You and your rose soul mates have found each other. Now what? How do you keep them happy and thriving in our maritime Pacific Northwest climate? Roses are not completely carefree, but with a few basic care guidelines, you can find success.
Remove your rose from its pot and gently massage the tangle of feeder roots to loosen them from the soil ball. If the mass is so severely rootbound that you can't loosen the roots, use a clean, sharp knife to score the root mass, then spread the roots gently apart. This is essential so the roots can grow out into the soil.
Choose a location that receives full sun (at least 6-8 hours of sun per day) for planting and avoid crowding rose plants in order to provide adequate air circulation and help prevent disease.
Dig a hole twice as wide as the root ball and deep enough to ensure that the graft at the base of the stem remains above ground level after planting. The graft looks like a protruding nub or ball on the woody stem.
Place your rose and fill the hole with a mixture of 4 parts existing soil to 1 part compost or soil conditioner. Gently pat down and be sure the graft remains 1-2" above the soil.
Watering & Fertilizing
Water roses immediately after planting and then twice a week for the first summer. You can then water once or twice a week in subsequent summers (don't forget to water during dry periods in spring and fall as well).
Drip irrigation and soaker hoses are great watering tools because they water slowly enough to allow the water to soak into the soil deeply. Plus, they keep water off the leaves, which helps stop the dreaded black spot and other diseases from attacking your plants.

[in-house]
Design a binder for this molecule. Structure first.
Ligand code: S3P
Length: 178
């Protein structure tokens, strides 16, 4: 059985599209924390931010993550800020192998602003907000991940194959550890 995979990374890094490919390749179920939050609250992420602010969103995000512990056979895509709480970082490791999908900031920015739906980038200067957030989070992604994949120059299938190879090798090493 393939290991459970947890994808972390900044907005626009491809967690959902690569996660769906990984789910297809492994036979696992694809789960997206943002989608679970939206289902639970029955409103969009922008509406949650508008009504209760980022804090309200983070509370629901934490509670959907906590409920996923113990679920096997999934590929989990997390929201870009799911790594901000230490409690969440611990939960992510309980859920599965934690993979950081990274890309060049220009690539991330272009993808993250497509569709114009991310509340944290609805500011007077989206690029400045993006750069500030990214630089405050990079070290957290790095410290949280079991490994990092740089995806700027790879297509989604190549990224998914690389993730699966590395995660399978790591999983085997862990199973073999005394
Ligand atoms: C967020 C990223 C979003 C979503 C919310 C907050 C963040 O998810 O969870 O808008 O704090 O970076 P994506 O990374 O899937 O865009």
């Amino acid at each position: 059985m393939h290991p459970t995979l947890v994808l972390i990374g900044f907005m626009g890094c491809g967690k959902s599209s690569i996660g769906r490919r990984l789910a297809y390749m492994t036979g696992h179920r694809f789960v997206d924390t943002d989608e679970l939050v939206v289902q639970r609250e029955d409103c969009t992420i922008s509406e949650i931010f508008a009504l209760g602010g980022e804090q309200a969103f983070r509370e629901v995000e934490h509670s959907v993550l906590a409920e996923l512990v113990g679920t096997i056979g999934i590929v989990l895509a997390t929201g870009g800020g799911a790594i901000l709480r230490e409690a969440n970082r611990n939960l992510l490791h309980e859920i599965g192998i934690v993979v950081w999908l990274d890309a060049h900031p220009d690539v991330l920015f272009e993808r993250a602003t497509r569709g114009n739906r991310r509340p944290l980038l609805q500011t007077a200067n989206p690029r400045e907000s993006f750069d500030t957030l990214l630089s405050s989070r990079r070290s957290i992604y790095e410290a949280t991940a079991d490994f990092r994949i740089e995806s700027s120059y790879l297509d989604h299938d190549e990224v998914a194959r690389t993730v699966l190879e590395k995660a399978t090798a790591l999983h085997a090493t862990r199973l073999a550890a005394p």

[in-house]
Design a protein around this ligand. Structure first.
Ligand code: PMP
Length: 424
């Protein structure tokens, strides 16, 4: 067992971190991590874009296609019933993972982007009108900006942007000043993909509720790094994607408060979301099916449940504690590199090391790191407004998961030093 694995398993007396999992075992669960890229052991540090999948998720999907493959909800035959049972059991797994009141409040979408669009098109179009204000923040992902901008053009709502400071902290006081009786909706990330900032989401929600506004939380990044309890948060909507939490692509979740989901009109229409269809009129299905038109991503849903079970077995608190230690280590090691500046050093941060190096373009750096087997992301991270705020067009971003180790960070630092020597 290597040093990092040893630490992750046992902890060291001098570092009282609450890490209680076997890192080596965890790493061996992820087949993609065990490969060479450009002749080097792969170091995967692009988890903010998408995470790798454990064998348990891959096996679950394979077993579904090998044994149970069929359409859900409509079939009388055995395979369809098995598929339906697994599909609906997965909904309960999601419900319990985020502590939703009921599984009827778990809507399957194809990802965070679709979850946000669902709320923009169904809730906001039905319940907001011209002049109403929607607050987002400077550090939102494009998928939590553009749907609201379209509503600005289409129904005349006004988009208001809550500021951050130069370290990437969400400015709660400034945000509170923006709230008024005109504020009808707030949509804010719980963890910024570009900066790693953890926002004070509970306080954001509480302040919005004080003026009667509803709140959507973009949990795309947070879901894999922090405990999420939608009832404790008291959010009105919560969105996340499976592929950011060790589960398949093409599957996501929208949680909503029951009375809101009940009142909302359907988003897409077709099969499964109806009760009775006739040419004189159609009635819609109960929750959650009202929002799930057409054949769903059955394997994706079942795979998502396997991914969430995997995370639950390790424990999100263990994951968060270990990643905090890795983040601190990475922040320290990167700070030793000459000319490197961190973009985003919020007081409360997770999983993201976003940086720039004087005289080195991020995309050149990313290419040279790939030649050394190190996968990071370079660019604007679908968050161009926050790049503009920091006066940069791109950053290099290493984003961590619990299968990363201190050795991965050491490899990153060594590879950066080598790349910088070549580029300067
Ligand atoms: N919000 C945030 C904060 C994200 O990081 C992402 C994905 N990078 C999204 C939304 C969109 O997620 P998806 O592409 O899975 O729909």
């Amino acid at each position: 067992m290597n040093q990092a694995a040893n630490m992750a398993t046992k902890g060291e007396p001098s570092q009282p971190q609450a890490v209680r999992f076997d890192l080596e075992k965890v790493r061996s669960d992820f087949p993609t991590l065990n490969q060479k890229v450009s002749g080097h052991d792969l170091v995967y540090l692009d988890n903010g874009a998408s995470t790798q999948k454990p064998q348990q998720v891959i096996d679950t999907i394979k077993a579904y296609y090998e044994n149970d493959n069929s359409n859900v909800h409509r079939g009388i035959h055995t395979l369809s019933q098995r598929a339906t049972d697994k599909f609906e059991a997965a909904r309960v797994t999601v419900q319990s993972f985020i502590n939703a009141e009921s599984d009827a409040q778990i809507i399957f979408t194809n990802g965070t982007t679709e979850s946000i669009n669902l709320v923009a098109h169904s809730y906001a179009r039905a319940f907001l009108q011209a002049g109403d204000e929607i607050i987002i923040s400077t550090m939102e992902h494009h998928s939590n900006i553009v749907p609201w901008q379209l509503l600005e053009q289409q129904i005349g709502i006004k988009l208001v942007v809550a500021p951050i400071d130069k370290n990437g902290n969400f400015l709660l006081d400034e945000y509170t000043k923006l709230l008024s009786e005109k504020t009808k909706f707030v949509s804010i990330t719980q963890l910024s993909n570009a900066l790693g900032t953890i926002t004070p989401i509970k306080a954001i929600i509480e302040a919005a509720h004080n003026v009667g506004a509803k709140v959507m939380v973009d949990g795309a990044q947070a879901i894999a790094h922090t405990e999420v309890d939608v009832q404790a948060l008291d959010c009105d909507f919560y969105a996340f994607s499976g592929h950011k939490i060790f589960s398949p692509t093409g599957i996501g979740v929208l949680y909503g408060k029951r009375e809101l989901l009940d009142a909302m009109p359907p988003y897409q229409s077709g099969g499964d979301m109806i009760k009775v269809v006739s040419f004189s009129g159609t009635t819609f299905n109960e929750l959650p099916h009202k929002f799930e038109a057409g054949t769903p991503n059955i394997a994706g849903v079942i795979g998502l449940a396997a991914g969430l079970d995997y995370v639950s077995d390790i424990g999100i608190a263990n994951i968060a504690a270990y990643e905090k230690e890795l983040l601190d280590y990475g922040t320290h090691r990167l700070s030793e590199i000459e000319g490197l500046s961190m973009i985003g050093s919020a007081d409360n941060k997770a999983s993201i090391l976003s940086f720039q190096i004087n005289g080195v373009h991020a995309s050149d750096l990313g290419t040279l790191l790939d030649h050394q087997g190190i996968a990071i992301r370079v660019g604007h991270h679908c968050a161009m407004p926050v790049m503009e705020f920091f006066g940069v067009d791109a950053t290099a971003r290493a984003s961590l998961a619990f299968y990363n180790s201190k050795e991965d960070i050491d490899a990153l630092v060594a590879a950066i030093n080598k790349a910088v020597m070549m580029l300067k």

Fertilizing encourages strong growth and blooms. We like Espoma Rose-tone or Dr. Earth Rose and Flower Fertilizer. Both are natural and organic. Always follow the instructions on the package for best results.
In the Pacific Northwest, fungal diseases such as black spot can be a real problem. Since it's very difficult to eradicate a fungal disease outbreak during the spring and summer, it's best to prevent the plant from getting the disease in the first place. Here are a few tips:
Keep the foliage dry during the warm seasons by not watering from above.
Practice good sanitation. Remove all dead leaves and dead twigs from the ground. Remove and destroy all affected leaves. Do not put these leaves in your home compost.
Use safe fungicide sprays to kill disease spores that are present. These sprays can also help prevent spores from germinating if used over a period of time. Fungicides will not cure already affected leaves, but can be used to help prevent healthy leaves from becoming affected.
Aphids are one of the most common rose pests. Fortunately, there are several ways to rid your roses of these pests.
Inspect your plants often. Early detection and removal helps avoid larger infestations.
Remove aphids by gently smashing them between your thumb and forefinger, but try not to bruise the leaves of your plants or damage the flower buds.
There are also many safe insecticidal soaps and sprays for use on roses. Our experts can help you choose the best option for your specific issues. Remember, always follow the instructions on the label when using!
Caring for your roses can be very rewarding, especially when you see the "blooms of your labor"! If you have questions or need advice, we're always here to help. Come into the nursery or ask from home, using our Grow with Us program; just post your question on Twitter, Instagram, or our Facebook wall with #heyswansons.